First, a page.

RE: My netbook experience

4 min read

A year ago, I wrote about my first experiences with the Asus EeePC 1215N. It’s time that I do another review of my netbook usage.

I’ve been running Windows 8 for about two weeks before I removed it. I was unable to connect to my university’s eduroam network due to faulty drivers. Before that, my netbook was running on Windows 7. Running Windows 7 was quite effortless. The reason I gave Windows 8 a try was keyboard accessibility. The new Win + X keyboard shortcut is awesome. The new task manager and file transfer dialog are nice as well. But those just didn’t cut it.

The thing is, that my netbook crashed down twice, from 1m height. Because of that, my touch-pad broke and now it stops working a few minutes after start-up. With Windows, I had to bring a mouse with me every time I wanted to use the netbook for longer. After Windows 8, I decided to give Linux another try. I heard about XMonad, a tiling window manager, a couple times before, so it was time to reevaluate my netbook usage.

What I wanted

My setup

Linux Mint (MATE)

Frankly, it doesn’t really matter what distribution you are using. I opted for Linux Mint because it comes with proper media support and working wireless drivers. After trying the Cinnamon and the MATE desktop, I must say that the Cinnamon desktop felt a bit sluggish compared to the MATE desktop. I also tried a minimal Debian setup, but I couldn’t get the wireless working. If wireless worked out of the box on Debian I probably would have sticked with it.


I have been using XMonad for over a month now. I really like it. There are no window decorations and there is no mouse required to do anything. Windows are closed with Win + Shift + C and that’s basically it. Depending on the current layout, the size of the active window can be increased with Win + H and decreased with Win + L. To switch between windows, I use Win + Tab.

My XMonad config just adds a few custom keyboard shortcuts:

If you want to see how XMonad can be used, take a look at the config archive.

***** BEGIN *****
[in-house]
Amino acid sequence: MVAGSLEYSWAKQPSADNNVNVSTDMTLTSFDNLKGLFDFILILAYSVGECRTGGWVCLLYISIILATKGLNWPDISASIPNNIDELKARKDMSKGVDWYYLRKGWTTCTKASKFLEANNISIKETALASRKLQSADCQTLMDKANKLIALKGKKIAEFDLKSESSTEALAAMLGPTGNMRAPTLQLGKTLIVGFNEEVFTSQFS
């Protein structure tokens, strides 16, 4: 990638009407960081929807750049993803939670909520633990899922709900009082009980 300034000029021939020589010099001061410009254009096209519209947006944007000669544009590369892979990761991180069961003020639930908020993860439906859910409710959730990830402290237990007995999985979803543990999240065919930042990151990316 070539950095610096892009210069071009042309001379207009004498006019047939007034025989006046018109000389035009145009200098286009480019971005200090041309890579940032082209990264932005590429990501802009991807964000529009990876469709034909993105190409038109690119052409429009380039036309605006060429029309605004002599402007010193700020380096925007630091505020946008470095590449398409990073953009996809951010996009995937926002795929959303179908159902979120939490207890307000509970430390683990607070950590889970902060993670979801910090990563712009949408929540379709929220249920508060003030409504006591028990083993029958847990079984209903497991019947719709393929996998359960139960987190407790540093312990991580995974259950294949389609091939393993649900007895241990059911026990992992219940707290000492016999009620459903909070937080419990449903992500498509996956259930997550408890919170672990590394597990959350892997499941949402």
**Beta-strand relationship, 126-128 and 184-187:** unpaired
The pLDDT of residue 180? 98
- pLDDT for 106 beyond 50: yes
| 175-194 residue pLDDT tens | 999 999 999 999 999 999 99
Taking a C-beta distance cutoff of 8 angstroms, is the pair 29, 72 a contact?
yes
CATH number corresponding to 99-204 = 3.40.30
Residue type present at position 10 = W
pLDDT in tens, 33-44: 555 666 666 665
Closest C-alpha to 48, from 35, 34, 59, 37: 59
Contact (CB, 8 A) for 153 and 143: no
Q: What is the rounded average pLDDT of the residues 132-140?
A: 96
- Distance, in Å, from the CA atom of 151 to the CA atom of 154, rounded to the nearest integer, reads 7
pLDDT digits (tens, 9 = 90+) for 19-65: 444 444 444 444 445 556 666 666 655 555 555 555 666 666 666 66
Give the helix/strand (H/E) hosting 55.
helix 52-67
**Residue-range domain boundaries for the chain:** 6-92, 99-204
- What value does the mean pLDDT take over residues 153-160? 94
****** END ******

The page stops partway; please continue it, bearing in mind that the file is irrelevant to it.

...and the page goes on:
Filesystem access to Google Drive

Sadly there is no official Google Drive client for Linux. Therefore you have to rely on third party developers. To access Google Drive on Linux, you have two options:

  1. Grive
  2. Insync

The main difference between both is that Grive doesn’t sync automatically. You have to tell it to sync. Grive also doesn’t support symbolic links. Insync, on the other hand, is a fully functional Google Drive client. Although, the GUI is not working for me. I just keep the application running in the background and it will do the syncing.

Sublime Text 2 for writing and web stuff

I recently talked about setting up custom Build Systems for Sublime Text 2. Currently I have a build system to build a Love2D project, one for pdflatex and a build system to preview a markdown file in google chrome. I have a small set of shortcuts that I regularly use. I think they are common knowledge, but here are they anyway:

I also put the settings for ST2 on Google Drive. On a new machine, I can then create symlinks to Google Drive and have the settings and plugins quickly available.

NetBeans for Java programming class

While Sublime Text 2 is an awesome piece of software, I am pretty lazy. At some point, I want to use ST2 to do all the Java stuff for university. Until then, I’ll be using NetBeans. In NetBeans I got rid of a lot of unnecessary UI. I also disabled a lot of plugins to make NetBeans start up faster. It still takes 20 seconds, but that was a huge improvement already.

What requires fixing

There are a couple things left to do, that could save some time.

To wrap things up, I can say that I am really happy with my setup. It was a bumpy road to get there but I think it pays off. The battery lasts for around 4 hours with wireless. For note-taking I use Sublime Text 2 and save notes as markdown. With XMonad, pretty much everything is accomplishable by keyboard shortcuts. And I finally have enough screen space available to do some programming on my netbook.

28 Dec 2012
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